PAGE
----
While their 1997 debut The Mystic Path to the Netherworld was about as mediocre as European black metal albums could get in that decade of expansion and exploration, subsequently dashing all my geek-driven fantasies of Magic the Gathering derived extremity, I'll have to admit that the Order of the Ebon Hand spent the next eight years honing in their chops. XV: The Devil is everything that album wished it might have been, and then some. In fact, this is an admittedly tremendous effort all around, precisely balancing both the tenets of wrath and variation into smoldering and thoughtful visions of sadism and fell majesty. It trumps the debut in every conceivable category, from the strong production values to the thrilling, ecstatic mirth of the consistent songwriting.
The album hits like a brick-truck of blasphemy, through the sheer walls of driving chords being wrought above Lethe's thundering beats. "For Marchiosas" and "To Alloces" might not be the riffiest black metal tracks you've heard, but the patterns evoked are potent and immersive, and the symphonic elements that hover at the edge of the mix are well integrated into the storming metallic force, building tremendous levels of adrenaline excitement. The leads are moody and eloquent, the vocals ripe with hostility (if tonally cliche to a number of Swedish and Norse acts), and the band is quite competent in breaking velocity for some slower fare that is just as dynamic. "Gateway to Silence" bridges from a creepy, haunted ambiance into double bass driven chaos; "Eibon" plods along with a firm punctuality, female vocals drifting as a psychotic background narrative; while "Spellbound" phases between cleaner guitars to swells of violence.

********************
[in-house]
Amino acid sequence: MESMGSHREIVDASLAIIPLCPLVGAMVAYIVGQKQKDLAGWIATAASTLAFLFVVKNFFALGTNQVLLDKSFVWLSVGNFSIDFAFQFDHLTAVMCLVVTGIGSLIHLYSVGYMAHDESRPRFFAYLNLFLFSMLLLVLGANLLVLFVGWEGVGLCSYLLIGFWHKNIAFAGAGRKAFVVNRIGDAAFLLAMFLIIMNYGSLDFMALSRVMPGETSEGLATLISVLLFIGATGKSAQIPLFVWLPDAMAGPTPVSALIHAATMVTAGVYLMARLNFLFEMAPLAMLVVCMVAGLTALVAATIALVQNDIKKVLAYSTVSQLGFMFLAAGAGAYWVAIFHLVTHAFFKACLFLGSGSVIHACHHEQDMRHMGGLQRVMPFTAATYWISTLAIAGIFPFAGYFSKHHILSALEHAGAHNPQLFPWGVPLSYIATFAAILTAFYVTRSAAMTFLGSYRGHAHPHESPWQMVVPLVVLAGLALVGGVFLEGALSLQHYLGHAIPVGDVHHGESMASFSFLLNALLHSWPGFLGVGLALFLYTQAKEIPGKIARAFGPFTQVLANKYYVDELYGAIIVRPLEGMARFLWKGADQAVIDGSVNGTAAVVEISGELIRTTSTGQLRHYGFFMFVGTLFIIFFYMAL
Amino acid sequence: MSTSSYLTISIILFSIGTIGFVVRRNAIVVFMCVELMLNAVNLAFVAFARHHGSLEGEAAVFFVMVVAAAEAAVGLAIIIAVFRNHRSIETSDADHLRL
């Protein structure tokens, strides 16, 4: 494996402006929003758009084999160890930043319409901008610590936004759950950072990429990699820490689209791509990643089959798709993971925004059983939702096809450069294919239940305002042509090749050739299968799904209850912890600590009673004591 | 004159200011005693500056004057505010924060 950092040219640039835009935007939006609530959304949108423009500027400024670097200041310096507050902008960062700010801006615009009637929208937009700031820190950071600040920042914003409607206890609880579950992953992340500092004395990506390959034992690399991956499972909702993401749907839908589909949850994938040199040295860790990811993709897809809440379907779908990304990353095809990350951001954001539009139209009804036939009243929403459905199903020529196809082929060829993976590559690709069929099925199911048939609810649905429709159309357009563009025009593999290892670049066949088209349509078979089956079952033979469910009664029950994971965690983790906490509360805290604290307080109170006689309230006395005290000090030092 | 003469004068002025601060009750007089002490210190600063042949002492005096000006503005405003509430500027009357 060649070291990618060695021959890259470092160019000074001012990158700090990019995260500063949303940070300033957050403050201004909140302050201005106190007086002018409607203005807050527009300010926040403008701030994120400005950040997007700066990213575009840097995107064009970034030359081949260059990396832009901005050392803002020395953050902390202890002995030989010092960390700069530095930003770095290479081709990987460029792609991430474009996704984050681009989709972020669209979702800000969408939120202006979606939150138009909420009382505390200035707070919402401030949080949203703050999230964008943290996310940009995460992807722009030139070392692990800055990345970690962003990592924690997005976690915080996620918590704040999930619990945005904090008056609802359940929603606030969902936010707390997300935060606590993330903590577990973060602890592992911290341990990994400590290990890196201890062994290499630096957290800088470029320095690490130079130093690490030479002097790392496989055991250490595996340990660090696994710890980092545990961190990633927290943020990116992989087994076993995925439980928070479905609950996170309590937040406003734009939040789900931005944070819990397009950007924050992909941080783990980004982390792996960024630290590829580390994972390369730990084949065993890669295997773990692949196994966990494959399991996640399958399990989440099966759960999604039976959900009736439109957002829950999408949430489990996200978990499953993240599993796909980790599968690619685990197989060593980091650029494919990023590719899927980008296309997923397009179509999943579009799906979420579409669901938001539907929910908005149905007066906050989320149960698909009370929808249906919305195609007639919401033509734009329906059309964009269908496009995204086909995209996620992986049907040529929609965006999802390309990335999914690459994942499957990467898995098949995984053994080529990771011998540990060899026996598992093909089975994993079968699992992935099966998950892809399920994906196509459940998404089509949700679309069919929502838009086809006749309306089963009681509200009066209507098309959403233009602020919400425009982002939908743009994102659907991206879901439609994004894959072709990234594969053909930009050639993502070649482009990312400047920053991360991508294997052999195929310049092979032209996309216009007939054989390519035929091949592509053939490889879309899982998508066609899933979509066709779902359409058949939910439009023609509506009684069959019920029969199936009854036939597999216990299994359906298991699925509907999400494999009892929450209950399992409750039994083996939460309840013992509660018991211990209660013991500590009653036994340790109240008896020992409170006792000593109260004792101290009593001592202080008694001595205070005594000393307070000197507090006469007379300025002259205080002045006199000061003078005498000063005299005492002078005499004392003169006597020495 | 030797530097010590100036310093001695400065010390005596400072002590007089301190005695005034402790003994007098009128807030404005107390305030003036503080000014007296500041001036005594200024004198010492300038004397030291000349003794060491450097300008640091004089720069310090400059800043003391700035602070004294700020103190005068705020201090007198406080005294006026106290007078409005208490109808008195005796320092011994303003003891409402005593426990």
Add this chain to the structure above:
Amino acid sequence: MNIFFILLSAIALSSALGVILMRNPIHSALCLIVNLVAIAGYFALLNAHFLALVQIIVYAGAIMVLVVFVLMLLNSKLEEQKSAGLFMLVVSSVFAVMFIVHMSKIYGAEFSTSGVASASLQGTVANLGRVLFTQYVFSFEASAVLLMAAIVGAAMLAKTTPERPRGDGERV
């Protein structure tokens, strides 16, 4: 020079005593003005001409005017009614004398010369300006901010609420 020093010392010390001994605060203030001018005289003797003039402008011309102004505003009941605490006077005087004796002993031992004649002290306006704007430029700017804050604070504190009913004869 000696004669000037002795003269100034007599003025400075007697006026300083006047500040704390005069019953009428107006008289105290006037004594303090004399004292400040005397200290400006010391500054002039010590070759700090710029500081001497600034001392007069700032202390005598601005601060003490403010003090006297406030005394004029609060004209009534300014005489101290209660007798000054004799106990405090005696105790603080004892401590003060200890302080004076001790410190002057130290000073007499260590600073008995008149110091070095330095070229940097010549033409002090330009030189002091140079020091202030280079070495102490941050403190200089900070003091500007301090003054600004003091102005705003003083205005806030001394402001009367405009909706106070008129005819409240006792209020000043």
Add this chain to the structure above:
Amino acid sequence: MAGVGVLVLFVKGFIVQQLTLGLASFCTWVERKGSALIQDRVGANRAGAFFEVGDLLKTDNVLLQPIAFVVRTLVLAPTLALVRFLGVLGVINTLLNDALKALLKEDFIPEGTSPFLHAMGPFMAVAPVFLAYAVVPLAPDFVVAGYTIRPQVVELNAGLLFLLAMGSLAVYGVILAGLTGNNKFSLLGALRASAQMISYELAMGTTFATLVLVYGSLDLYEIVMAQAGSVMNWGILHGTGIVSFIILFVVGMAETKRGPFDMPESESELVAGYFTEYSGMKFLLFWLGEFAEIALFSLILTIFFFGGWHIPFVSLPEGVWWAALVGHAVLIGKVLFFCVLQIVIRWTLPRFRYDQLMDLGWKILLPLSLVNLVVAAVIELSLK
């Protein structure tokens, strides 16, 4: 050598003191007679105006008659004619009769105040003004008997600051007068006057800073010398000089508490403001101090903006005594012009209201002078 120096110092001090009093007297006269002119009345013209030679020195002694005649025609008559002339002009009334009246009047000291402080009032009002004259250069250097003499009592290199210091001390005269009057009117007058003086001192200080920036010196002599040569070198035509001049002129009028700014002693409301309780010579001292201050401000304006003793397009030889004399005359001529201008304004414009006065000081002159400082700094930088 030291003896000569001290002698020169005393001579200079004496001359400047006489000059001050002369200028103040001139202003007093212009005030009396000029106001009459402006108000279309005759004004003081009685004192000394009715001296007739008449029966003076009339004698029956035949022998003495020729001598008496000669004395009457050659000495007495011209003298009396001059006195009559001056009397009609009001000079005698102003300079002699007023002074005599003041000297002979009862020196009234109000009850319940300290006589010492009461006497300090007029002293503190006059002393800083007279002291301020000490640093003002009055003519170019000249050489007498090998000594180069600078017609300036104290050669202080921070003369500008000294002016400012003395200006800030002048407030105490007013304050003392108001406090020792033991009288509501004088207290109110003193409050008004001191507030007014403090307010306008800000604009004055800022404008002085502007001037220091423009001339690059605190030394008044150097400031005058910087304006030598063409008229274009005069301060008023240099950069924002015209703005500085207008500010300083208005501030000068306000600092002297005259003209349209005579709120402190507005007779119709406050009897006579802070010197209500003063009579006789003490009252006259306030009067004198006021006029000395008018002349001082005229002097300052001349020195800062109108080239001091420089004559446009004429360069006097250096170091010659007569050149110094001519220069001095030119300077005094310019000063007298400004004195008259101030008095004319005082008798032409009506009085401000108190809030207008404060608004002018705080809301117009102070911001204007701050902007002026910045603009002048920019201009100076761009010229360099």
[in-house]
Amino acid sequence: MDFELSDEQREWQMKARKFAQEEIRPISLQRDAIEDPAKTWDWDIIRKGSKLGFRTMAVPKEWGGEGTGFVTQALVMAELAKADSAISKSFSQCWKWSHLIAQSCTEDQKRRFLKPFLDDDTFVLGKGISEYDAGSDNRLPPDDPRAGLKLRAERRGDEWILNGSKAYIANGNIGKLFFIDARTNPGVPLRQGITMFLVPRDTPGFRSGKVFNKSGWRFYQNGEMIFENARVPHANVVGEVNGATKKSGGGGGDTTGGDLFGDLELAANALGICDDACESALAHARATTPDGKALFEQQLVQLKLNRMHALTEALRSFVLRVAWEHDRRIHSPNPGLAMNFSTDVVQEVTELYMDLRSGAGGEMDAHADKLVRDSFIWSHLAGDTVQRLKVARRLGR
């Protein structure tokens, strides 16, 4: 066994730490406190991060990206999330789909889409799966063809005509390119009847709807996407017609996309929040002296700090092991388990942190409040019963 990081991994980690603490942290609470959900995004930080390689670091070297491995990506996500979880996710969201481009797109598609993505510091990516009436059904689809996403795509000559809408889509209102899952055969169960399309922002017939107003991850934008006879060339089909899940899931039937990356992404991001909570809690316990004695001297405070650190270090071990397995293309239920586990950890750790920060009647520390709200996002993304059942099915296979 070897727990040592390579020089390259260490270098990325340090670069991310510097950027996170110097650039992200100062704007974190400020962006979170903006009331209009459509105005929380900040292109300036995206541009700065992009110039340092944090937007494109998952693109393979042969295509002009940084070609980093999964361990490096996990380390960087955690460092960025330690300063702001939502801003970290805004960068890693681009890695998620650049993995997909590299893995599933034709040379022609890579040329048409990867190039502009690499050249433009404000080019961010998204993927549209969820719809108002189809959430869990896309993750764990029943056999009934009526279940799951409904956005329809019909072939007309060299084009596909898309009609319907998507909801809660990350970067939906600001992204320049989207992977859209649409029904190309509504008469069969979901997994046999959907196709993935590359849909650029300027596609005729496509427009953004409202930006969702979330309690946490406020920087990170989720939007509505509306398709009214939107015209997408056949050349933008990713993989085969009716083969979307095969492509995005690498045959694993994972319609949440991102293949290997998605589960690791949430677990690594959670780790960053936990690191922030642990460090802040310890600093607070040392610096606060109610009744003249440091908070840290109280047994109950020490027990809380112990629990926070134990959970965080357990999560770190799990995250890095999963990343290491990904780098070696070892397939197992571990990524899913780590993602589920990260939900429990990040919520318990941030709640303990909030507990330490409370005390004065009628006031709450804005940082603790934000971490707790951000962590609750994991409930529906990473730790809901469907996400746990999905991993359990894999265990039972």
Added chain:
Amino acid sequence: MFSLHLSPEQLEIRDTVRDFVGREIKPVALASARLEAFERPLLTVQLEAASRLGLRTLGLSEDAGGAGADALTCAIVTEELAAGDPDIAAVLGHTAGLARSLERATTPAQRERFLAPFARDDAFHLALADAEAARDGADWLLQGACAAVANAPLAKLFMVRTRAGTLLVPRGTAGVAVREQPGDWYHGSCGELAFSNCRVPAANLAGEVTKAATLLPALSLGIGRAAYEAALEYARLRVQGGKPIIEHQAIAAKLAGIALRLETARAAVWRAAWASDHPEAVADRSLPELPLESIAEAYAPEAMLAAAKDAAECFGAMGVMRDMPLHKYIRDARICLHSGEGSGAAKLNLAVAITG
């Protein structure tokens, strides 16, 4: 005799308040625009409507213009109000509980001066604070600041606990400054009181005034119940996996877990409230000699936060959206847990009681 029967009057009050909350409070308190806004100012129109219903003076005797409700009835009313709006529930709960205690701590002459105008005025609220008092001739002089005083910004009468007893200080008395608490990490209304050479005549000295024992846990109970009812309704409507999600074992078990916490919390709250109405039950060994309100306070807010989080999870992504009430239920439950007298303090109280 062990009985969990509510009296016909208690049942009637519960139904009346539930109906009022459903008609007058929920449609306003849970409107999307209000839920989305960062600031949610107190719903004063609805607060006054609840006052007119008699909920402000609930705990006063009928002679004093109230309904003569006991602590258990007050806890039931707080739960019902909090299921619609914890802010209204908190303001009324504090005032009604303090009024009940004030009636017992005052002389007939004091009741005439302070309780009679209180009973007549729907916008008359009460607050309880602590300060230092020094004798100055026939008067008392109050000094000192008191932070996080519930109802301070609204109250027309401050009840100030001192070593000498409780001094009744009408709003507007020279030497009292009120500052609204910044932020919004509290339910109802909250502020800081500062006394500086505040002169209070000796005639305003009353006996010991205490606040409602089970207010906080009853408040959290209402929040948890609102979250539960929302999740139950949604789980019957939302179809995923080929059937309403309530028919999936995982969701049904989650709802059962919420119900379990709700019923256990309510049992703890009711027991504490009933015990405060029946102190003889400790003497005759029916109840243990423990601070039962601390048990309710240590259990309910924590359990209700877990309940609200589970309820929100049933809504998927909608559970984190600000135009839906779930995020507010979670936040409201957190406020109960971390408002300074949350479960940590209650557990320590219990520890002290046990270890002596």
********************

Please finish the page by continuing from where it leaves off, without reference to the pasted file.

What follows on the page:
Hell, the finale, "(You Are) The Gleaming King" is perhaps the most epic on the album, with an abundance of swaggering melodies. Not a track goes by throughout that doesn't have at least something memorable to offer, even if the band don't win points for innovation or originality. XV: The Devil is merely a well written exercise in blackened ballast, with a rich and full bodied mix that brings it in line with some of the larger named symphonic black metal groups like Dimmu Borgir, Emperor and so forth. Surprisingly, the style itself is not a major deviation from their ill-fated debut, they just pull it all together into something enduring. Even the lyrics have come along, chocked with evocative imagery and a stimulating meter, while engaging the fantastical concepts the band's very name evokes (though they're sadly not dealing with the card game).
Order of the Ebon Hand is hardly an A-lister for the style, and unlikely to ever attain such a status, but there is no doubting the massive strides they've made here. If you're a fan of well plotted, harrowing versatility in the vein of the Norwegian acts I mentioned above, or perhaps the Australians Nazxul (specifically their sophomore Iconoclast), then this is worth tracking down.
Verdict: Win [7.75/10] (grant me the will of the arrogant)